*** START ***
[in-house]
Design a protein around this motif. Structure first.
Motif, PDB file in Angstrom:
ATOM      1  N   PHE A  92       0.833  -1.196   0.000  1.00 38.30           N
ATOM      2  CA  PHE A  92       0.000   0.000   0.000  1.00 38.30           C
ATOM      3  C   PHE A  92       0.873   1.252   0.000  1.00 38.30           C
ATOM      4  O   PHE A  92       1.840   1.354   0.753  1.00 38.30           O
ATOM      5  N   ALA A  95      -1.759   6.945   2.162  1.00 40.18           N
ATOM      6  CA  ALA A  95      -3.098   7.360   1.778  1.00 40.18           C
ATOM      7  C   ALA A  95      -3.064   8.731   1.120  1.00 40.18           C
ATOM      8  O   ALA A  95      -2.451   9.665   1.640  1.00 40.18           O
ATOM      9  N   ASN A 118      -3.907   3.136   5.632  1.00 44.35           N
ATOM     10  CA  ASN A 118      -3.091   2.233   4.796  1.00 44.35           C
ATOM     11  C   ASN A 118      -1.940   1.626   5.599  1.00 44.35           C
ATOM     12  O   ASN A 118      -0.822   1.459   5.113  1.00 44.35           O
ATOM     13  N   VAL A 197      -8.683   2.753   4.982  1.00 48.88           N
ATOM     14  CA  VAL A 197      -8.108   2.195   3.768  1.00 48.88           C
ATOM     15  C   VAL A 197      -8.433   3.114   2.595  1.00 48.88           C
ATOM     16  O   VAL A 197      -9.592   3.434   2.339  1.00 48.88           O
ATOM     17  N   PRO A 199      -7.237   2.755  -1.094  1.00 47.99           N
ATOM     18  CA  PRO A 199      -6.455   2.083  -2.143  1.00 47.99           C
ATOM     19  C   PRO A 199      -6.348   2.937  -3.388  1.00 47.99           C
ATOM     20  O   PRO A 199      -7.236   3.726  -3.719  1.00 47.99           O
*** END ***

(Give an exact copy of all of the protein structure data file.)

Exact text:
[in-house]
Design a protein around this motif. Structure first.
Motif, PDB file in Angstrom:
ATOM      1  N   PHE A  92       0.833  -1.196   0.000  1.00 38.30           N
ATOM      2  CA  PHE A  92       0.000   0.000   0.000  1.00 38.30           C
ATOM      3  C   PHE A  92       0.873   1.252   0.000  1.00 38.30           C
ATOM      4  O   PHE A  92       1.840   1.354   0.753  1.00 38.30           O
ATOM      5  N   ALA A  95      -1.759   6.945   2.162  1.00 40.18           N
ATOM      6  CA  ALA A  95      -3.098   7.360   1.778  1.00 40.18           C
ATOM      7  C   ALA A  95      -3.064   8.731   1.120  1.00 40.18           C
ATOM      8  O   ALA A  95      -2.451   9.665   1.640  1.00 40.18           O
ATOM      9  N   ASN A 118      -3.907   3.136   5.632  1.00 44.35           N
ATOM     10  CA  ASN A 118      -3.091   2.233   4.796  1.00 44.35           C
ATOM     11  C   ASN A 118      -1.940   1.626   5.599  1.00 44.35           C
ATOM     12  O   ASN A 118      -0.822   1.459   5.113  1.00 44.35           O
ATOM     13  N   VAL A 197      -8.683   2.753   4.982  1.00 48.88           N
ATOM     14  CA  VAL A 197      -8.108   2.195   3.768  1.00 48.88           C
ATOM     15  C   VAL A 197      -8.433   3.114   2.595  1.00 48.88           C
ATOM     16  O   VAL A 197      -9.592   3.434   2.339  1.00 48.88           O
ATOM     17  N   PRO A 199      -7.237   2.755  -1.094  1.00 47.99           N
ATOM     18  CA  PRO A 199      -6.455   2.083  -2.143  1.00 47.99           C
ATOM     19  C   PRO A 199      -6.348   2.937  -3.388  1.00 47.99           C
ATOM     20  O   PRO A 199      -7.236   3.726  -3.719  1.00 47.99           O